the world as I see it

Then and Now – Santa Cruz Bridge

Posted by BCS on October 16, 2008

Prior to the building of the Sta. Cruz Bridge (called the MacArthur Bridge today), one of the shortest ways to the district of Sta. Cruz when coming from the old Manila (Intramuros) would be to go over the Puente de España, pass through Calle de la Escolta, and over the small/short span of the then Puente Sta. Cruz (which, I believe, translates to “Sta. Cruz Bridge”… not to be confused by the bridge being discussed here). The other would be over the Puente Colgante and through Calle Echague.


Portion of a map of Manila and Suburbs from 1898 - Courtesy of the University of Texas Libraries, The University of Texas at Austin (http://www.lib.utexas.edu/)

The Sta. Cruz Bridge (the subject of this post, which connects the opposing banks of the Pasig River) was built in 1905. That bridge, however, was destroyed during World War II. It was rebuilt in 1950-1951 and was renamed the MacArthur Bridge, a name which it holds up to this day.


Santa Cruz Bridge in 1900 - Photo courtesy of the University of Michigan Library (http://www.lib.umich.edu/)

Present-day Santa Cruz Bridge, or MacArthur Bridge as it is known today (Photo taken on October 4, 2008)

Present-day Santa Cruz Bridge, or MacArthur Bridge as it is known today (Photo taken on October 4, 2008)

Note on the use of the old photograph:

From the University of Texas Libraries website (source of map):

“Materials that are in the public domain (such as images from the Portrait Gallery or most of the maps in the PCL Map Collection), are not copyrighted and no permission is needed to copy them. You may download them and use them as you wish.”

From the University of Michigan Library website:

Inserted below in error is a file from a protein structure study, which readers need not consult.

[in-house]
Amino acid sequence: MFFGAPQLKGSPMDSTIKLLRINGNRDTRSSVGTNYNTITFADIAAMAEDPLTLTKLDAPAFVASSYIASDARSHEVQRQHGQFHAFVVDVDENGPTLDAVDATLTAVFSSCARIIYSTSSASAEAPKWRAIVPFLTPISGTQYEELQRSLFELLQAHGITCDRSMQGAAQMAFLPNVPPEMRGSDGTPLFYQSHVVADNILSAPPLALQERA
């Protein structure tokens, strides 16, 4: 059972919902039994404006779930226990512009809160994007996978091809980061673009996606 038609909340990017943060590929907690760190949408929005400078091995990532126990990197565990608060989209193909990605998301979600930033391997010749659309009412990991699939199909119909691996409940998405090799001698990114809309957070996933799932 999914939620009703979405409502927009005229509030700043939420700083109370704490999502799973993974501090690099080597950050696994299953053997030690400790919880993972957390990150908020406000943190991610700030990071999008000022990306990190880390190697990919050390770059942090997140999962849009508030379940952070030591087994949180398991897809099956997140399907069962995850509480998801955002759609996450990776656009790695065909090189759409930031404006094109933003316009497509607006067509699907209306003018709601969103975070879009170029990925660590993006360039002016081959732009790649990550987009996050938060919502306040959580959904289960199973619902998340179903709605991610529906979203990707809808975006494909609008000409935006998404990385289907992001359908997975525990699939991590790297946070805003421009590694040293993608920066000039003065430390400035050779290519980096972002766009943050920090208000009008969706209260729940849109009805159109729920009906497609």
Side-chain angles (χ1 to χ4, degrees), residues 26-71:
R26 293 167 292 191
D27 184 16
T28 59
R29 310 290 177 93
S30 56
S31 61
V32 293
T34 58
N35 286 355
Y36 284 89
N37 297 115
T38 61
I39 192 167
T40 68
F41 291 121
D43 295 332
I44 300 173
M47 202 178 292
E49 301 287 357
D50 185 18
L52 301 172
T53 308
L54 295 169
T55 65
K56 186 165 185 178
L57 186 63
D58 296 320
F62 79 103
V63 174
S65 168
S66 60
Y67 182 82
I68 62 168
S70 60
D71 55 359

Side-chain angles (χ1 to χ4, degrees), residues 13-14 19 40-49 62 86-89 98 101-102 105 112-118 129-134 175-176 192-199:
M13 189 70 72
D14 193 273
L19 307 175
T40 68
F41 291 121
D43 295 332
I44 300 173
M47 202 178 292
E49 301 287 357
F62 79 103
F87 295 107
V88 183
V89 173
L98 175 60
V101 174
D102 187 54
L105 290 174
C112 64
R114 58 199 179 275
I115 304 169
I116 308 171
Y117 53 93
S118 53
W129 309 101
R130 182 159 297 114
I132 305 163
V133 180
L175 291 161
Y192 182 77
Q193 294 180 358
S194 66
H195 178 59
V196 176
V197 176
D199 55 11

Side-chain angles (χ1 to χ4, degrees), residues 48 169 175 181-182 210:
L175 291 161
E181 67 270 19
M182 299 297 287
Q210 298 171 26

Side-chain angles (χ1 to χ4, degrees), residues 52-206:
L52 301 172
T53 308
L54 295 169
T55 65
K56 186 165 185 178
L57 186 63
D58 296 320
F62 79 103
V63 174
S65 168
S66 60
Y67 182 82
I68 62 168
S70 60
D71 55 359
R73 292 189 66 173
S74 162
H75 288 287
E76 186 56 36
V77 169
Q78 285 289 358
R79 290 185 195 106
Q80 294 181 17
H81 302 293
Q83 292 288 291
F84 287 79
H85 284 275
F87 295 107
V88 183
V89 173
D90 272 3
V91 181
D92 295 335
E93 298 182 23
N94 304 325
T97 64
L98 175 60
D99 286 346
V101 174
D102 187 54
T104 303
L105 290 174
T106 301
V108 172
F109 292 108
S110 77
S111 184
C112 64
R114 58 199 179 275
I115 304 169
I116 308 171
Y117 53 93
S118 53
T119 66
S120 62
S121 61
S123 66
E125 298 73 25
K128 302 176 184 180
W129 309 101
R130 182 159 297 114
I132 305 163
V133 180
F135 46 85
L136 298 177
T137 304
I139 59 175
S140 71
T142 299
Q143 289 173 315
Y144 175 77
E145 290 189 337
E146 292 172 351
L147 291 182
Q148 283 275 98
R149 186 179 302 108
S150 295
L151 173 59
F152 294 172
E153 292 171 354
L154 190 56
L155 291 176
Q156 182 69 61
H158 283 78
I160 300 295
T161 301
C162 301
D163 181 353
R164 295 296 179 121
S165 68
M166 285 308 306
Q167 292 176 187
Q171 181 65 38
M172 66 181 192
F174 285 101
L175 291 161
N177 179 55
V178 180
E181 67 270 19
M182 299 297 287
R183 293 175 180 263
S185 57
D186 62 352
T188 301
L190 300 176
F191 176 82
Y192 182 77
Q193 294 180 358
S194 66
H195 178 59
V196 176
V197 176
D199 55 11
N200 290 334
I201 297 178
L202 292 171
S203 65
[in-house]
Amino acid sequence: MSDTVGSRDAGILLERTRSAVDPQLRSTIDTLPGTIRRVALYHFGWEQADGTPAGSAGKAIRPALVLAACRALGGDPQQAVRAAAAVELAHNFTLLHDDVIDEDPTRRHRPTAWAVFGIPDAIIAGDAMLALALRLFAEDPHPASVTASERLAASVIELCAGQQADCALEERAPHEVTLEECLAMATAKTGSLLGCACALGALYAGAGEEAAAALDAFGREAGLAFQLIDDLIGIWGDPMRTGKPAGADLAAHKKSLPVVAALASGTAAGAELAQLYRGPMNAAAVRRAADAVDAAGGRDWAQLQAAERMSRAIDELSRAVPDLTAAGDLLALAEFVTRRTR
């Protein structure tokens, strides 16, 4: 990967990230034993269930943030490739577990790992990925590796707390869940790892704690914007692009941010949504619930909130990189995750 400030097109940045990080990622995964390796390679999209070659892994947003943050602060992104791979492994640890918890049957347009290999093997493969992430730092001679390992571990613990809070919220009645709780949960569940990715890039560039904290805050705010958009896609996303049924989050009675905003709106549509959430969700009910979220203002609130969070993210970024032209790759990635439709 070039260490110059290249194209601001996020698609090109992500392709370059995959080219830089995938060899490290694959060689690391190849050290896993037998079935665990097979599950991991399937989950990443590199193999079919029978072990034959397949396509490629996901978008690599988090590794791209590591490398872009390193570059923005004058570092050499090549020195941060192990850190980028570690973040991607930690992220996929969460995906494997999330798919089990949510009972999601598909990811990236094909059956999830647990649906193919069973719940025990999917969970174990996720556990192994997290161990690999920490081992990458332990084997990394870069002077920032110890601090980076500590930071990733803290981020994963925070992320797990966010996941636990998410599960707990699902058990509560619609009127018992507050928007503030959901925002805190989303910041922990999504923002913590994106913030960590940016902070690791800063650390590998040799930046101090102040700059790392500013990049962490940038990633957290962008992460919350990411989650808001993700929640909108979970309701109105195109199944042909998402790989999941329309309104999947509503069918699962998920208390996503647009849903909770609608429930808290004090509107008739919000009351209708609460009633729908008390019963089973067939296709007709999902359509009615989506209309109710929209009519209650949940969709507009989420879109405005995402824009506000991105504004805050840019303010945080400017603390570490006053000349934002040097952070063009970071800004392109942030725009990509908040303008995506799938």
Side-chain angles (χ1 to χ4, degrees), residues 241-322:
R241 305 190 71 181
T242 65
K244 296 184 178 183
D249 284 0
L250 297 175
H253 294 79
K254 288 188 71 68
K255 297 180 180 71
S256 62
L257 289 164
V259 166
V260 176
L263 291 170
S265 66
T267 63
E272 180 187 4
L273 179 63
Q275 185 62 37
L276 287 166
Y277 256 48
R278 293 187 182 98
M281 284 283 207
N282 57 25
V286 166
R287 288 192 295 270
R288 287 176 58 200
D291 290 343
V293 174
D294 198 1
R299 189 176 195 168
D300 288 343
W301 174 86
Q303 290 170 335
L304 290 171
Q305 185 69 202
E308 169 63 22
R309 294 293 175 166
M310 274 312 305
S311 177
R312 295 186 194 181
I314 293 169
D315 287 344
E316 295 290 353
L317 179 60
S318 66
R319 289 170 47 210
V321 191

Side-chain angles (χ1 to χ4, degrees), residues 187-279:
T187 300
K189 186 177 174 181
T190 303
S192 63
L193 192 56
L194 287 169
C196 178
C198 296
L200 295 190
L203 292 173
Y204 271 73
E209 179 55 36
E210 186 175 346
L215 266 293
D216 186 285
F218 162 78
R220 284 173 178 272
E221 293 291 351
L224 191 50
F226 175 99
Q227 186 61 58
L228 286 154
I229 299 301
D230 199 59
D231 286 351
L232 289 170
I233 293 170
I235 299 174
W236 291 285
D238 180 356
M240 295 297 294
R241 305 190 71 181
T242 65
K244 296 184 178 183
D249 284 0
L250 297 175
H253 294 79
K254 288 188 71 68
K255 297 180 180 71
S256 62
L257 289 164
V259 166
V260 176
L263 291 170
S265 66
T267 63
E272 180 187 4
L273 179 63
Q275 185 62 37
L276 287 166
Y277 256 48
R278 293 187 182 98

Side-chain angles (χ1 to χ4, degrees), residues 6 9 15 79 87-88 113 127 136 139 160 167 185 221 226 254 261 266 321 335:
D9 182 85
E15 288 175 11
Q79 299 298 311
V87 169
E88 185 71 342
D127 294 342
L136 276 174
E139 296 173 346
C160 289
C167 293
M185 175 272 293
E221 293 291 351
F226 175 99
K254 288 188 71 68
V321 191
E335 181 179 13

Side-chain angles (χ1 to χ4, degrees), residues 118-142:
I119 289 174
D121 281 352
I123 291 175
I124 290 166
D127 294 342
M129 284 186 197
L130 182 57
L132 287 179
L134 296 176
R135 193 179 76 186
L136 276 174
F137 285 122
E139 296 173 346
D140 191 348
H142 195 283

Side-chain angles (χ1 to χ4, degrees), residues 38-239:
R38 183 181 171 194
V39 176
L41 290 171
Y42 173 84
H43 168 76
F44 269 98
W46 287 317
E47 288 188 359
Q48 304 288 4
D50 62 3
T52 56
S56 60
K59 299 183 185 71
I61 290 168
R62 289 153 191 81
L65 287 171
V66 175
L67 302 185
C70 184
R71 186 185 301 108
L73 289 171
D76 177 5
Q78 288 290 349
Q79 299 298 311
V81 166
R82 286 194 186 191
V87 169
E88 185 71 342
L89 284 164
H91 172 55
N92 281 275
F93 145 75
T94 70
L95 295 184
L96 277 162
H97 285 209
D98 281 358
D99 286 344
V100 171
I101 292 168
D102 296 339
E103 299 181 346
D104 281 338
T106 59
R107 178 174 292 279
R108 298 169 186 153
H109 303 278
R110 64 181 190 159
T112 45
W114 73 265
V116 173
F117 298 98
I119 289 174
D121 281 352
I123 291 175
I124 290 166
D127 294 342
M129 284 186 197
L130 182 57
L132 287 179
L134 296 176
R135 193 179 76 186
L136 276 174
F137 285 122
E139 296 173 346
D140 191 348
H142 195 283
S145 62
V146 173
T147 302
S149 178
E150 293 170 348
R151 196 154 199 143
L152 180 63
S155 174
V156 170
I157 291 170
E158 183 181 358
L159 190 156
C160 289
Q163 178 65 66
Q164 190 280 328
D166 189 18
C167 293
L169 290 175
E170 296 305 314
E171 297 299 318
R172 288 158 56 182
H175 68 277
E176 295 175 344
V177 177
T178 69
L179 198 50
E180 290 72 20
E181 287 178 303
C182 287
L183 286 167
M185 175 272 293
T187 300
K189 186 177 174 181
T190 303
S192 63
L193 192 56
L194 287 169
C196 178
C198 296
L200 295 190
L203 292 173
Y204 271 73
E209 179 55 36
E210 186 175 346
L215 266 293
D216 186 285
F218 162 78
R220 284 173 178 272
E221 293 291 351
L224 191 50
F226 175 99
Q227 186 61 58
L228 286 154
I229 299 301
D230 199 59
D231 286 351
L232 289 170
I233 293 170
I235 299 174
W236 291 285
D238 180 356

“Users are free to cite and link to digital content without asking for permission.

“Users are free to download, copy, and distribute works in the public domain without asking for permission. To determine whether a work is in the public domain, see the section on the public domain of the Copyright & Fair Use site of Stanford University Libraries.”


2 Responses to “Then and Now – Santa Cruz Bridge”

  1. So this was how the original bridge looked like before it was destroyed during the war.

    I didn’t know there was another bridge that led directly into the middle of Echague Street from the other side of the Pasig River.

  2. BCS said

    Hi Señor Enrique, by the looks of the map, the layout of Quiapo seems to have been modified quite drastically over the years. But I think the site of the bridge leading to Calle Echague (Puente Colgante, the subject of my post after this) may very well be the same site where Quezon bridge is standing today, except that Quezon bridge’s northern end (leading to Quiapo) is now curved and is directed towards Quezon Boulevard (which, judging from the map, was formerly known as Calle Santa Rosa). 🙂

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